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Six O’Clock Series: Panel discusses social media professionalism

02/04/2014
Charlene Adams
Lead News Writer

Mindful of smartphones, Twitter, Facebook, and LinkedIn, Indiana Uni­versity of Pennsylvania’s social media consultants attempted to bring profes­sionalism to a raucous, unmediated area of college life.

A panel of IUP alumni, current students and employees discussed social media in the professional world Monday night at the Six O’Clock Se­ries titled “Be a Leader, Not a Follower: Harnessing the Power of Social Media.”

The panel included John Wesley Lowery, chairman of IUP’s Department of Student Affairs in Higher Education; Ellen Matis, recent IUP graduate and Indiana Gazette digital media coordi­nator; Patrick Damp (journalism), IUP student and IUP’s assistant social media manager; Zachary Saeva, assistant direc­tor in IUP’s Career Development Cen­ter; and Michele Papakie, journalism department chairwoman.

The discussion focused on creating a positive online presence.

The panel discussed topics such as how to create an online identity, how social media affects professional lives and how an identity on social media is different from a real life identity.

When creating an online presence, Papakie said it is important to “brand yourself.”

“I think you should look at yourself as a brand,” Papakie said, “and create a brand that you would want to hire if you were an employer. So think about that image you want to project and start to build the online identity that matches the image you want to project.”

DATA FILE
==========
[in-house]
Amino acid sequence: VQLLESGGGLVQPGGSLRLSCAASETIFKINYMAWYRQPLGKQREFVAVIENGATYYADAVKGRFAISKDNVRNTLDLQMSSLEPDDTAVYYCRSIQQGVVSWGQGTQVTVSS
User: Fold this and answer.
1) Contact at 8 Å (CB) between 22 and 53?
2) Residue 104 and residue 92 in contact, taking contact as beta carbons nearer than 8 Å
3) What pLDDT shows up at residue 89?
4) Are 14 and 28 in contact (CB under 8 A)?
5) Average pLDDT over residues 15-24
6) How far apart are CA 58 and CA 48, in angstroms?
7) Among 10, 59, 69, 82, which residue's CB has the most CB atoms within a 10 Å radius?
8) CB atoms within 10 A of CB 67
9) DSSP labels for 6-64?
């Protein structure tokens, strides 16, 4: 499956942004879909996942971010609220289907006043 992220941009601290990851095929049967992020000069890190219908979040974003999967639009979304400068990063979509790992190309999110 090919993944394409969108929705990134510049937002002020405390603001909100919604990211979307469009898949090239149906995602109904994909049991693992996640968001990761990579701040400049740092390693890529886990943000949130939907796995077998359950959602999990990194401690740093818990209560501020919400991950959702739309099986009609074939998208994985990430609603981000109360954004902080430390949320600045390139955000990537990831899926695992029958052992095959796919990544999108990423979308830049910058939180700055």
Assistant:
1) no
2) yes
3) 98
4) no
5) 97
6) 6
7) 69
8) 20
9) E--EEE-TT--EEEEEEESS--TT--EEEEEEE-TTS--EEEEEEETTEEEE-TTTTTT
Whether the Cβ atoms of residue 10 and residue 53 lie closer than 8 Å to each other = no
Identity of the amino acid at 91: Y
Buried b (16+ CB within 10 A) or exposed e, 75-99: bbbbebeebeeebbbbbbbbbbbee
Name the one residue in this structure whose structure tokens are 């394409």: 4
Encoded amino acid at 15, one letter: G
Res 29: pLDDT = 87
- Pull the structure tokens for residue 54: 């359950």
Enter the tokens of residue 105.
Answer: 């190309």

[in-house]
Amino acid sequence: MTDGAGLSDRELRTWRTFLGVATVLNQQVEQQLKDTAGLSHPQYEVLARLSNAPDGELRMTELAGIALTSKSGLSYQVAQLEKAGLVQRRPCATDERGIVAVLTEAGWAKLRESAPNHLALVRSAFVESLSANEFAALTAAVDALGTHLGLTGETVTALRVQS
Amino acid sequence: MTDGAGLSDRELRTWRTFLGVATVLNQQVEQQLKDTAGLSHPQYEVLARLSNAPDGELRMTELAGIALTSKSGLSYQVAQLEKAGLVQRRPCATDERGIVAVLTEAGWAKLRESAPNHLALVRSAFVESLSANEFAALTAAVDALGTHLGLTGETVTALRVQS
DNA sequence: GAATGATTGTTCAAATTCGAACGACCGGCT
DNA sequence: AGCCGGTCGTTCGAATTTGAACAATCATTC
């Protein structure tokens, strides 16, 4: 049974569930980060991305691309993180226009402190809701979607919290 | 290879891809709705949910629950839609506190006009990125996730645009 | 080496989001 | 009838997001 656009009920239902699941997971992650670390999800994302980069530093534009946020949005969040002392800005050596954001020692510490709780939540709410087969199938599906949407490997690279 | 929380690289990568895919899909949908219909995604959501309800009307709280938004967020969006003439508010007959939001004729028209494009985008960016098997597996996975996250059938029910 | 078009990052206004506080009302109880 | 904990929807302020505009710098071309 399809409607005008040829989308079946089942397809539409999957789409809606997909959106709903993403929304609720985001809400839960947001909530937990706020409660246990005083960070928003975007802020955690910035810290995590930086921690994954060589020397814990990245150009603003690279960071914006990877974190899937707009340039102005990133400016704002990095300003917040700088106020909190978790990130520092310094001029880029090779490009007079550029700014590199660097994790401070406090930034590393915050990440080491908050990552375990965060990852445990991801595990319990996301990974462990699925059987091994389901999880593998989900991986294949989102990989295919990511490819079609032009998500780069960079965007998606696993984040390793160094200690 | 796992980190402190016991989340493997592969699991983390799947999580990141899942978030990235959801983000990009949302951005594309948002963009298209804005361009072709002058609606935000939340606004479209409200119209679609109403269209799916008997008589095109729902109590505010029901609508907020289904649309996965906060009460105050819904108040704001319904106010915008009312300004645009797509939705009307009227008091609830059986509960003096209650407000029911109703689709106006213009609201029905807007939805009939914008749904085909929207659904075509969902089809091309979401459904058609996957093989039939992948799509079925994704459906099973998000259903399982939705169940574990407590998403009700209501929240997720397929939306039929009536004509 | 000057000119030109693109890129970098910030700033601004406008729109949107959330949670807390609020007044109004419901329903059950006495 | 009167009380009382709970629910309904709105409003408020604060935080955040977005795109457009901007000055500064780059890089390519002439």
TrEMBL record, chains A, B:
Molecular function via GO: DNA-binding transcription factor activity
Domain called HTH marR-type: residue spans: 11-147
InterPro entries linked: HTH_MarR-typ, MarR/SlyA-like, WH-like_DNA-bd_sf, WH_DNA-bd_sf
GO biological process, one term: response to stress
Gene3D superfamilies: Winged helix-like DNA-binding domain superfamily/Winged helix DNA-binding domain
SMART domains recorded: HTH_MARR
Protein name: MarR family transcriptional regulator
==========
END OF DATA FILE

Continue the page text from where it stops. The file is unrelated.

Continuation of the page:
Matis said that though a personal identity is important on social me­dia sites, it is important to present a positive image. It is important to show potential employers that “you can use social media in a way that conducts what your professional life is,” she said.

“You shouldn’t behave in a man­ner online that you would have to use any filters,” Matis said. “Being your­self online is very important, but you need to keep in mind that what you do online is there in the future no matter what.

“You can Google yourself, and some­thing that you said 10 years ago on Twitter may show up, and it might be really embarrassing.”

Prior to the event, Damp described the discussion as advice for college students to maintain professionalism and “how what you say and what you do can help and/or hurt you when you try to go out into the professional world.”

Saeva promoted using social media as a branding device, especially as a contributor to professional fields.

“If you’re really interested in a certain subject you have an opportu­nity to become an expert in that,” Saeva said. “It’s a great opportunity to col­laborate with other professionals who might be interested in that as well, and that’s going to be huge networking for possible employment opportunities as well.

“You never know who might be able to help you in the future.”

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